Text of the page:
Stir in the toxic legacy of disputed history and the absence of international mechanisms to settle the border spats, and the region looks ever more combustible. For now, the US holds the ring. American power may be waning, but it still outguns everyone else. The question uppermost in the minds of every Asian leader is for how long?

Watching Washington’s retreat from the Middle East, many of its allies have doubts about the longevity of the US security guarantee. Japanese and South Korean officials say they need the US in the short to medium term, but must make their own plans for the long term. China’s strategy looks pretty clear – to push the US out of the western Pacific and claim tribute from its neighbours. It will push and prod to test Washington’s resolve.

What’s wrong with nationalism, a friend in Tokyo asked me the other day? Well, there is much to be said for patriotism. As for nationalism, the answer is found in the bloodied pages of European history. I doubt, though, that Asia’s four horsemen have taken the time to read them.


About bambooinnovator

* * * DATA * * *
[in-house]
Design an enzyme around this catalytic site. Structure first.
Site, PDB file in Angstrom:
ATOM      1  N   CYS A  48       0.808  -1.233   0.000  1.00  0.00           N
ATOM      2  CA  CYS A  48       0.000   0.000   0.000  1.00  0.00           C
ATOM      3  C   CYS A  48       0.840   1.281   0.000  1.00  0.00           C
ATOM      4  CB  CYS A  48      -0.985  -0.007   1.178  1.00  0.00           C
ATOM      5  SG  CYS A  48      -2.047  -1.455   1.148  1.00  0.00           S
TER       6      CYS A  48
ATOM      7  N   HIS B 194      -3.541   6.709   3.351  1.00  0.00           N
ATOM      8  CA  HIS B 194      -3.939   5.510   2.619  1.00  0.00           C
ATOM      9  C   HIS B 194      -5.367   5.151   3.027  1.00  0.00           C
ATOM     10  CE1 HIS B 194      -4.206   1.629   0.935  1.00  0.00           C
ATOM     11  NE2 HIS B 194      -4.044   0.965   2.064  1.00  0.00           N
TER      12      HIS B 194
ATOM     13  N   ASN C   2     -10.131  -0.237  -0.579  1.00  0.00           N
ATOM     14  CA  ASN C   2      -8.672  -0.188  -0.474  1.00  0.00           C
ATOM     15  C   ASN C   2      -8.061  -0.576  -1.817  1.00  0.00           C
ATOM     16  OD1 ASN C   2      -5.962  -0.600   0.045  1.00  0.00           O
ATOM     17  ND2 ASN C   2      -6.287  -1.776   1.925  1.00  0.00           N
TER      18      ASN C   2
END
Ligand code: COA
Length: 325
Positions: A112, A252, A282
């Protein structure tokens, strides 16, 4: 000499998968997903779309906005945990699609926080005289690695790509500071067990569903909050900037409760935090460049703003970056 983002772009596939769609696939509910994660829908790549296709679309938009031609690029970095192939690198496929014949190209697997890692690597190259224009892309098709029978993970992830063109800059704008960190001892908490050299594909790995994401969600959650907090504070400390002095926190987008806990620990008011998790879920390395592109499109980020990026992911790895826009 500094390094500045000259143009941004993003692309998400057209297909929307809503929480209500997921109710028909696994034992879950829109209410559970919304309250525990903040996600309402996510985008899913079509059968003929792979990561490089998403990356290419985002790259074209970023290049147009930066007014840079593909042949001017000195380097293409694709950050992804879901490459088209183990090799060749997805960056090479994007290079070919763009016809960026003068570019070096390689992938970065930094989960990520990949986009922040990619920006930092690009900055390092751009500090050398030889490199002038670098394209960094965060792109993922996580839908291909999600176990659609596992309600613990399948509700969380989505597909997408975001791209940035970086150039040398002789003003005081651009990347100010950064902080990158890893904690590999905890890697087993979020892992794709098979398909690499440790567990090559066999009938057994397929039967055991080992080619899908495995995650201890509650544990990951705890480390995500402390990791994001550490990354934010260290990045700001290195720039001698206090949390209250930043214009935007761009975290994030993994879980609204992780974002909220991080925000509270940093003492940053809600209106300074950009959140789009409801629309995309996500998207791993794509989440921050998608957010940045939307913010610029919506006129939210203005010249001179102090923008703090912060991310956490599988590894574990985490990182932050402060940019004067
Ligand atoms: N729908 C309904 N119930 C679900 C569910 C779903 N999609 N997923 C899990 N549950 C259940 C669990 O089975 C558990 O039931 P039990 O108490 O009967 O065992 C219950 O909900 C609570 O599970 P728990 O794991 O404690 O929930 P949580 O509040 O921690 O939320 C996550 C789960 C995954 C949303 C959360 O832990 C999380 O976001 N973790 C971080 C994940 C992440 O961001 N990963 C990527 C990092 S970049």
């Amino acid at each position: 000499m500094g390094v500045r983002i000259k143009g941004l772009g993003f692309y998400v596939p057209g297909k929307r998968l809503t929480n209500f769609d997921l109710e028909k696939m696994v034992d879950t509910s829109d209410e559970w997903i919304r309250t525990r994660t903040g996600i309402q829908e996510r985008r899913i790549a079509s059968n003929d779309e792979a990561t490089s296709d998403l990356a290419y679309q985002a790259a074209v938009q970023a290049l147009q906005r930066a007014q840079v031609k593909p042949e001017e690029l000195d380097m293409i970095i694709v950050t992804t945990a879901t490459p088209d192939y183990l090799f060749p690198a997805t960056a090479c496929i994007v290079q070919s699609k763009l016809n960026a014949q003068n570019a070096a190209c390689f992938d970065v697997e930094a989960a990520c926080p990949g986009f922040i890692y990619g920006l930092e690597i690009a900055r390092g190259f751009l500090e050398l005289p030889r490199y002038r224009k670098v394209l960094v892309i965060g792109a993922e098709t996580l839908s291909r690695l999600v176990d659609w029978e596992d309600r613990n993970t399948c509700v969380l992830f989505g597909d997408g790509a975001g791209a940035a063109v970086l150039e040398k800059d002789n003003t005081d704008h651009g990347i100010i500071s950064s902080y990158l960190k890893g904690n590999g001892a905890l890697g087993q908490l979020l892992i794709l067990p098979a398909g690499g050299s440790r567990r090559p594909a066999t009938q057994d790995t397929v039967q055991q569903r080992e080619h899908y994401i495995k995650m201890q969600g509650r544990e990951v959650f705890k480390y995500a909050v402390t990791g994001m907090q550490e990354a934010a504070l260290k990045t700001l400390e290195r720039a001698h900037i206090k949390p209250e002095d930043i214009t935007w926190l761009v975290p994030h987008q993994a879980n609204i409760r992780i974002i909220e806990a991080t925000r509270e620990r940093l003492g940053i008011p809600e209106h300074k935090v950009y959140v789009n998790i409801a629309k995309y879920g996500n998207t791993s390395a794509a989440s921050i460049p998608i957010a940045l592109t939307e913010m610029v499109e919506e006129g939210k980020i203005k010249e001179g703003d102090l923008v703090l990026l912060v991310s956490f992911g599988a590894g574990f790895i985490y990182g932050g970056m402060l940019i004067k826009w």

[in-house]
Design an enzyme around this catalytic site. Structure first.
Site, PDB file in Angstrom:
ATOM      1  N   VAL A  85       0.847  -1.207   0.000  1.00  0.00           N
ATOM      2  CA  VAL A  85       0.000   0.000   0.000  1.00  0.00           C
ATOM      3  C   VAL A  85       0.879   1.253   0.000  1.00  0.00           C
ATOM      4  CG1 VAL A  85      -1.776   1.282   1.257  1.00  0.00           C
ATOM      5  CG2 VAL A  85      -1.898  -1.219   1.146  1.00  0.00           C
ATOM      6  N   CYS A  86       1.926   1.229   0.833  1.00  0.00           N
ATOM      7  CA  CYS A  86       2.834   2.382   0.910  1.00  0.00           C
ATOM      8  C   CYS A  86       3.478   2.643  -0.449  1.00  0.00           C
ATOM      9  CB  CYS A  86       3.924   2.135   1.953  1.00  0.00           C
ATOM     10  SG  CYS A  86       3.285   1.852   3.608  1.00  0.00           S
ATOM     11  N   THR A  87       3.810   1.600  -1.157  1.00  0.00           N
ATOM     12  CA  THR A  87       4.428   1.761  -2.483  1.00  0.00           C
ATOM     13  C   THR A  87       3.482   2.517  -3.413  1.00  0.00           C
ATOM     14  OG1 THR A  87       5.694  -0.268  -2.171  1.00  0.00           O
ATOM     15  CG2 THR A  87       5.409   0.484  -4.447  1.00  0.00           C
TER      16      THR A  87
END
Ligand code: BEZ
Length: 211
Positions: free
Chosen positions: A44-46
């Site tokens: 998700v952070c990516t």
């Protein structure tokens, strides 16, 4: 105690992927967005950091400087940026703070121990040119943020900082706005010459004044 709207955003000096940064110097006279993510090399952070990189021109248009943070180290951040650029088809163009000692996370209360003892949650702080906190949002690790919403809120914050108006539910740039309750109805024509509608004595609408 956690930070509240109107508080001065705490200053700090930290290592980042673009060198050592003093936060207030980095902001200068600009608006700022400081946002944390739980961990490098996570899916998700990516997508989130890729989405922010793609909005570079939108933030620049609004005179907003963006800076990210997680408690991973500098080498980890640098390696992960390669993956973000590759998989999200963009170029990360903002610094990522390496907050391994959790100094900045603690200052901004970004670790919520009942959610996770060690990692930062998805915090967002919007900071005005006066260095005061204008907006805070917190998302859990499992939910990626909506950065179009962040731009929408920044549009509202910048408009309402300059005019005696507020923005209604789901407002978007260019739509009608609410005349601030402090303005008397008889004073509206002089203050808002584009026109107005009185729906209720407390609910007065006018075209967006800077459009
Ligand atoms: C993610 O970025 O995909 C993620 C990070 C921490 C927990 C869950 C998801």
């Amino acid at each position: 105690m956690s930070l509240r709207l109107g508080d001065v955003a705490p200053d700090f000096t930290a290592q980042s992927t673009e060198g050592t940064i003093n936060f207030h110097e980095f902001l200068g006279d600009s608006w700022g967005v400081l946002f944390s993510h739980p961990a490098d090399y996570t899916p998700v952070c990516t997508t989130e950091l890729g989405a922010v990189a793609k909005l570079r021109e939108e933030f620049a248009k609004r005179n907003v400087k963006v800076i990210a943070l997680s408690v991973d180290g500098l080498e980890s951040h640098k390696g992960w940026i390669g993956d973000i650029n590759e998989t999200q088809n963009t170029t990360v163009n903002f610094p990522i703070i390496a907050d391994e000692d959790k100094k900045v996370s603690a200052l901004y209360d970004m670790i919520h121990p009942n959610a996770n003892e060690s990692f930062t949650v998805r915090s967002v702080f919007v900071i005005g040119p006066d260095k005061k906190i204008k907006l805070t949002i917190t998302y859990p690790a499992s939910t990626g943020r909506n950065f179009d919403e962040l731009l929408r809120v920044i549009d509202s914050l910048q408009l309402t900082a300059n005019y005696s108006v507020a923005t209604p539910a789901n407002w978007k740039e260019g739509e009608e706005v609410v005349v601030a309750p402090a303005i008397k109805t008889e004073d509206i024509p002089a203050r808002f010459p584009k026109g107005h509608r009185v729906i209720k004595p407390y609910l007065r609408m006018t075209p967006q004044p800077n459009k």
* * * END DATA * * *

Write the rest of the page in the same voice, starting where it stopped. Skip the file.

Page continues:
Kee Koon Boon (“KB”) is the co-founder and director of HERO Investment Management which provides specialized fund management and investment advisory services to the ARCHEA Asia HERO Innovators Fund (, the only Asian SMID-cap tech-focused fund in the industry. KB is an internationally featured investor rooted in the principles of value investing for over a decade as a fund manager and analyst in the Asian capital markets who started his career at a boutique hedge fund in Singapore where he was with the firm since 2002 and was also part of the core investment committee in significantly outperforming the index in the 10-year-plus-old flagship Asian fund. He was also the portfolio manager for Asia-Pacific equities at Korea’s largest mutual fund company. Prior to setting up the H.E.R.O. Innovators Fund, KB was the Chief Investment Officer & CEO of a Singapore Registered Fund Management Company (RFMC) where he is responsible for listed Asian equity investments. KB had taught accounting at the Singapore Management University (SMU) as a faculty member and also pioneered the 15-week course on Accounting Fraud in Asia as an official module at SMU. KB remains grateful and honored to be invited by Singapore’s financial regulator Monetary Authority of Singapore (MAS) to present to their top management team about implementing a world’s first fact-based forward-looking fraud detection framework to bring about benefits for the capital markets in Singapore and for the public and investment community. KB also served the community in sharing his insights in writing articles about value investing and corporate governance in the media that include Business Times, Straits Times, Jakarta Post, Manual of Ideas, Investopedia, TedXWallStreet. He had also presented in top investment, banking and finance conferences in America, Italy, Sydney, Cape Town, HK, China. He has trained CEOs, entrepreneurs, CFOs, management executives in business strategy & business model innovation in Singapore, HK and China.